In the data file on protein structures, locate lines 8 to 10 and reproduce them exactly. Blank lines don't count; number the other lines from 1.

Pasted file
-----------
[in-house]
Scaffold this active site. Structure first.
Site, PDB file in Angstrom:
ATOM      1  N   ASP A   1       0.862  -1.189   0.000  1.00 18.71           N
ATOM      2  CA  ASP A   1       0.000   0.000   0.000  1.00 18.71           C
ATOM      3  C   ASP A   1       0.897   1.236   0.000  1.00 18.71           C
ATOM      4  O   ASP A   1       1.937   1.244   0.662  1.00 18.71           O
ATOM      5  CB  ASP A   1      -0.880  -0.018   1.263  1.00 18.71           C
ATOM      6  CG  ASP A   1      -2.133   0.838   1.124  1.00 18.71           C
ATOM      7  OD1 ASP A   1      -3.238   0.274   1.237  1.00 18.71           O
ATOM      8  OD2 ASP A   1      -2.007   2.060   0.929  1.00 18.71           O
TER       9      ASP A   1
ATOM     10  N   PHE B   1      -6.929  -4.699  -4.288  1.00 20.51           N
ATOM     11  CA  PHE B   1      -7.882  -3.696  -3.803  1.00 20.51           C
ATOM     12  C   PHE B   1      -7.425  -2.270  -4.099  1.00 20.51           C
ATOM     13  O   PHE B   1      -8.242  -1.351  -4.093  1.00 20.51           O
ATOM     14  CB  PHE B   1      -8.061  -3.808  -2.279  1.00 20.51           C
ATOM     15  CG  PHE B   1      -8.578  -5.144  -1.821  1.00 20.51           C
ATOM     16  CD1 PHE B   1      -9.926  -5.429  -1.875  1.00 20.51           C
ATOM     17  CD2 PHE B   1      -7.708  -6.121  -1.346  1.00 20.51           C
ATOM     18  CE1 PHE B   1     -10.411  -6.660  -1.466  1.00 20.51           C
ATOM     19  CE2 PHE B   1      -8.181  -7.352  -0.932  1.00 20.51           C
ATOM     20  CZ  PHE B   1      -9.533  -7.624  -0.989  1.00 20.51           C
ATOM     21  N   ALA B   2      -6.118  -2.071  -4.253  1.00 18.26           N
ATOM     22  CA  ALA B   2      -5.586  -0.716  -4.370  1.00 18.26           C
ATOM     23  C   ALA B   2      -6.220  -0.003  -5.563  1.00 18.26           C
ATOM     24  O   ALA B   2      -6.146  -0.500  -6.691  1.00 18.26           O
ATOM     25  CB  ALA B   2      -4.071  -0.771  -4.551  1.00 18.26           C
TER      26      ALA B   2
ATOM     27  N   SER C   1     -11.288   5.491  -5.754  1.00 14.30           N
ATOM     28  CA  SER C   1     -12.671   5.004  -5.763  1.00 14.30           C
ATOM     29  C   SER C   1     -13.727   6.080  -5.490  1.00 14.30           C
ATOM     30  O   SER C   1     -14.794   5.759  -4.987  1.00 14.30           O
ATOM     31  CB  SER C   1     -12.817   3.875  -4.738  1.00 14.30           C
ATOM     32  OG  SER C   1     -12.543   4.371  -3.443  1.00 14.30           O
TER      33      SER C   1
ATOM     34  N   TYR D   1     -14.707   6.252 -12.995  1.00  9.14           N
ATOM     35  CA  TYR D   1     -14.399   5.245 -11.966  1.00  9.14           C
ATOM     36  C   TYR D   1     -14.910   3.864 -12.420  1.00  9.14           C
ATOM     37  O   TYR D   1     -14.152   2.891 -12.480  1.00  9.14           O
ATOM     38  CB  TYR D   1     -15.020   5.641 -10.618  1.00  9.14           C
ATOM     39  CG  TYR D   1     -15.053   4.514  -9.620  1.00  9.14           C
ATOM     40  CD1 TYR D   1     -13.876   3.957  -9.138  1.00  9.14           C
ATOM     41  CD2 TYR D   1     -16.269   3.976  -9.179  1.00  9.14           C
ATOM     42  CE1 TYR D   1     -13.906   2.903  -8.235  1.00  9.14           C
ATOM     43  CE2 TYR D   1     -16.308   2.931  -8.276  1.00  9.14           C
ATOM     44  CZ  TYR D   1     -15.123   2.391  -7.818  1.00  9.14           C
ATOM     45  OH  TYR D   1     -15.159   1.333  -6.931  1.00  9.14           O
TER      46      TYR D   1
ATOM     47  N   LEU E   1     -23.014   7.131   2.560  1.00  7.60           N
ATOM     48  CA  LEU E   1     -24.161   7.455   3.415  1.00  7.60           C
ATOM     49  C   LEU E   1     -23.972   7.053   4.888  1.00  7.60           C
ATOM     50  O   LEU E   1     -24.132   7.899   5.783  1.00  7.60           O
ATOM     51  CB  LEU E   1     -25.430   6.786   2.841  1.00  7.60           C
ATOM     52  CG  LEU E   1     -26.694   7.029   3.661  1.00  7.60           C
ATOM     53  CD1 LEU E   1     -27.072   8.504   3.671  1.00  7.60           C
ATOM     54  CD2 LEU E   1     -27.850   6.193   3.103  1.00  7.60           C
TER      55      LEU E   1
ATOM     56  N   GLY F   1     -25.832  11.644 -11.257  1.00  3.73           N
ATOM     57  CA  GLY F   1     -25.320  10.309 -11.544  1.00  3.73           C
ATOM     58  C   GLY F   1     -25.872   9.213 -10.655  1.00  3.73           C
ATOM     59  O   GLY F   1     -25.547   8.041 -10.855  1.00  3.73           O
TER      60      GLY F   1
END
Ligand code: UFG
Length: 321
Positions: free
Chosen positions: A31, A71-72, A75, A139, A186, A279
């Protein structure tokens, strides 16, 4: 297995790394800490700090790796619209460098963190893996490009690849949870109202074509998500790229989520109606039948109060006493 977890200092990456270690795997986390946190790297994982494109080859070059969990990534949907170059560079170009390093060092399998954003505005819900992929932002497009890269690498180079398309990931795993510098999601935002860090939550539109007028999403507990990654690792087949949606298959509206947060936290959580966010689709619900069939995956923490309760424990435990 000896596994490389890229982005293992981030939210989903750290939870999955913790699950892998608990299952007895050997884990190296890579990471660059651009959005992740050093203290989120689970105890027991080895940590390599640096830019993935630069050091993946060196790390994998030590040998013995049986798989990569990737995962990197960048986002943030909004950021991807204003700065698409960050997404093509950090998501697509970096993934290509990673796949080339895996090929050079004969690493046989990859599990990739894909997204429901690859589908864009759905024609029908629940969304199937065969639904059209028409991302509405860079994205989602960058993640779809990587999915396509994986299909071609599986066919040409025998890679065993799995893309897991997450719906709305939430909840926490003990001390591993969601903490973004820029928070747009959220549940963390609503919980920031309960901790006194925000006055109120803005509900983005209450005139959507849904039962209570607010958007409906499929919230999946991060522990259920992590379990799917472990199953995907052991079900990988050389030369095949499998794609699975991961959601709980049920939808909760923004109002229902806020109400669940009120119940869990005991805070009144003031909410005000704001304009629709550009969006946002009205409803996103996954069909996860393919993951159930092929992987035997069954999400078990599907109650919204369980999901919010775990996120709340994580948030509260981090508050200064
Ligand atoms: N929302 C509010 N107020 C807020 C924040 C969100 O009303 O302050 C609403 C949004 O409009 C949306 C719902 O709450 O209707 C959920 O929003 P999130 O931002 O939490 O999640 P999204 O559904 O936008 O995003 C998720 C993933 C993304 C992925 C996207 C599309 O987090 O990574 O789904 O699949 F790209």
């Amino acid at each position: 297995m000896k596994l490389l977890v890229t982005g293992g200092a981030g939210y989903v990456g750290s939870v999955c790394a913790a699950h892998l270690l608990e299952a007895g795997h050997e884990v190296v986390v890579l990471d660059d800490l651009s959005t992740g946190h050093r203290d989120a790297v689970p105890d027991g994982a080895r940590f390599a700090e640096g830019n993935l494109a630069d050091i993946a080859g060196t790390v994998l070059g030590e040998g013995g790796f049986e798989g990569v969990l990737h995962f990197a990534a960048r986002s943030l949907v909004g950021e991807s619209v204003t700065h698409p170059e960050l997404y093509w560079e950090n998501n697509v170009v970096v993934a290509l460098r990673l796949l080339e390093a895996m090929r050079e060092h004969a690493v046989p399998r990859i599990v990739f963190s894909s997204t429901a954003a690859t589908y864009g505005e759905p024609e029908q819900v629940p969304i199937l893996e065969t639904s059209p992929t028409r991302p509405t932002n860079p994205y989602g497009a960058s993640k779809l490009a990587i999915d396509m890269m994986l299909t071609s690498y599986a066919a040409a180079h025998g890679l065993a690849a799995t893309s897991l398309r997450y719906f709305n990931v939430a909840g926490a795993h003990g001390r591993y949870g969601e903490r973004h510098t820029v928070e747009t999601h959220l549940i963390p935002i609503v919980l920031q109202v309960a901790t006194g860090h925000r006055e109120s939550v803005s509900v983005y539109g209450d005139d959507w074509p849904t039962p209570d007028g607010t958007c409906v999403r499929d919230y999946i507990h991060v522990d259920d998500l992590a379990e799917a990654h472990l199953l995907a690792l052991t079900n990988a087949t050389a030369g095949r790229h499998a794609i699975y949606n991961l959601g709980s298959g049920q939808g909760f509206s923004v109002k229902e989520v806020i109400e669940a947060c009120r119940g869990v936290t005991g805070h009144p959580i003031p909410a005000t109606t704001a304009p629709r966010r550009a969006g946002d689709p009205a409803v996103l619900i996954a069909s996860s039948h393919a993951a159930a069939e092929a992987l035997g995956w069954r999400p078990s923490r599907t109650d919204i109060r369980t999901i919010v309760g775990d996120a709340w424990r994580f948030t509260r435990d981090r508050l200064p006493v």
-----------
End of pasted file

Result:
ATOM      5  CB  ASP A   1      -0.880  -0.018   1.263  1.00 18.71           C
ATOM      6  CG  ASP A   1      -2.133   0.838   1.124  1.00 18.71           C
ATOM      7  OD1 ASP A   1      -3.238   0.274   1.237  1.00 18.71           O